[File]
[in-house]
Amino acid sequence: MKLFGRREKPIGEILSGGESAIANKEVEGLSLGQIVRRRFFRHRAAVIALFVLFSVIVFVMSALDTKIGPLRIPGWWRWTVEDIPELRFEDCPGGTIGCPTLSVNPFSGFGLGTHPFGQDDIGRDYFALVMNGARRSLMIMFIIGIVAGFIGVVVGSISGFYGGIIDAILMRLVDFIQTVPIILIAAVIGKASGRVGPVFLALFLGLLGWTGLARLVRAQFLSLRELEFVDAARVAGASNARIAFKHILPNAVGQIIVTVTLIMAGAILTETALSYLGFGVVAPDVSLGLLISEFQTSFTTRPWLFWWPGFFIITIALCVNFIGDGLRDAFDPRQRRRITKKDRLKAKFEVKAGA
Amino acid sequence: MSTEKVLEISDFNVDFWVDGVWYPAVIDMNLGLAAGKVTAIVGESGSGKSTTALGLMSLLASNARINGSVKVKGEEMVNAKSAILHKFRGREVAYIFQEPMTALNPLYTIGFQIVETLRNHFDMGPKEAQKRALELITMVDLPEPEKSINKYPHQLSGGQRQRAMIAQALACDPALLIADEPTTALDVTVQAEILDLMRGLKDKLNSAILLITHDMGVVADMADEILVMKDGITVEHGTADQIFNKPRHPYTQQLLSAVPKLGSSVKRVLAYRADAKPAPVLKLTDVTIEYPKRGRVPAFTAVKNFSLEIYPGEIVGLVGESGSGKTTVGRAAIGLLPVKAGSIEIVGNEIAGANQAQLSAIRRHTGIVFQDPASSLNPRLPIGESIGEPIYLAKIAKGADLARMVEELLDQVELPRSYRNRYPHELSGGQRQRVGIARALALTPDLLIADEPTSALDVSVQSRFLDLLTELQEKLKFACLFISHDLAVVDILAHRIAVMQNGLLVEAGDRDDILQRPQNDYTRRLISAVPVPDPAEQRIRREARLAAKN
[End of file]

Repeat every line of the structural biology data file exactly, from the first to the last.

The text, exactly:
[in-house]
Amino acid sequence: MKLFGRREKPIGEILSGGESAIANKEVEGLSLGQIVRRRFFRHRAAVIALFVLFSVIVFVMSALDTKIGPLRIPGWWRWTVEDIPELRFEDCPGGTIGCPTLSVNPFSGFGLGTHPFGQDDIGRDYFALVMNGARRSLMIMFIIGIVAGFIGVVVGSISGFYGGIIDAILMRLVDFIQTVPIILIAAVIGKASGRVGPVFLALFLGLLGWTGLARLVRAQFLSLRELEFVDAARVAGASNARIAFKHILPNAVGQIIVTVTLIMAGAILTETALSYLGFGVVAPDVSLGLLISEFQTSFTTRPWLFWWPGFFIITIALCVNFIGDGLRDAFDPRQRRRITKKDRLKAKFEVKAGA
Amino acid sequence: MSTEKVLEISDFNVDFWVDGVWYPAVIDMNLGLAAGKVTAIVGESGSGKSTTALGLMSLLASNARINGSVKVKGEEMVNAKSAILHKFRGREVAYIFQEPMTALNPLYTIGFQIVETLRNHFDMGPKEAQKRALELITMVDLPEPEKSINKYPHQLSGGQRQRAMIAQALACDPALLIADEPTTALDVTVQAEILDLMRGLKDKLNSAILLITHDMGVVADMADEILVMKDGITVEHGTADQIFNKPRHPYTQQLLSAVPKLGSSVKRVLAYRADAKPAPVLKLTDVTIEYPKRGRVPAFTAVKNFSLEIYPGEIVGLVGESGSGKTTVGRAAIGLLPVKAGSIEIVGNEIAGANQAQLSAIRRHTGIVFQDPASSLNPRLPIGESIGEPIYLAKIAKGADLARMVEELLDQVELPRSYRNRYPHELSGGQRQRVGIARALALTPDLLIADEPTSALDVSVQSRFLDLLTELQEKLKFACLFISHDLAVVDILAHRIAVMQNGLLVEAGDRDDILQRPQNDYTRRLISAVPVPDPAEQRIRREARLAAKN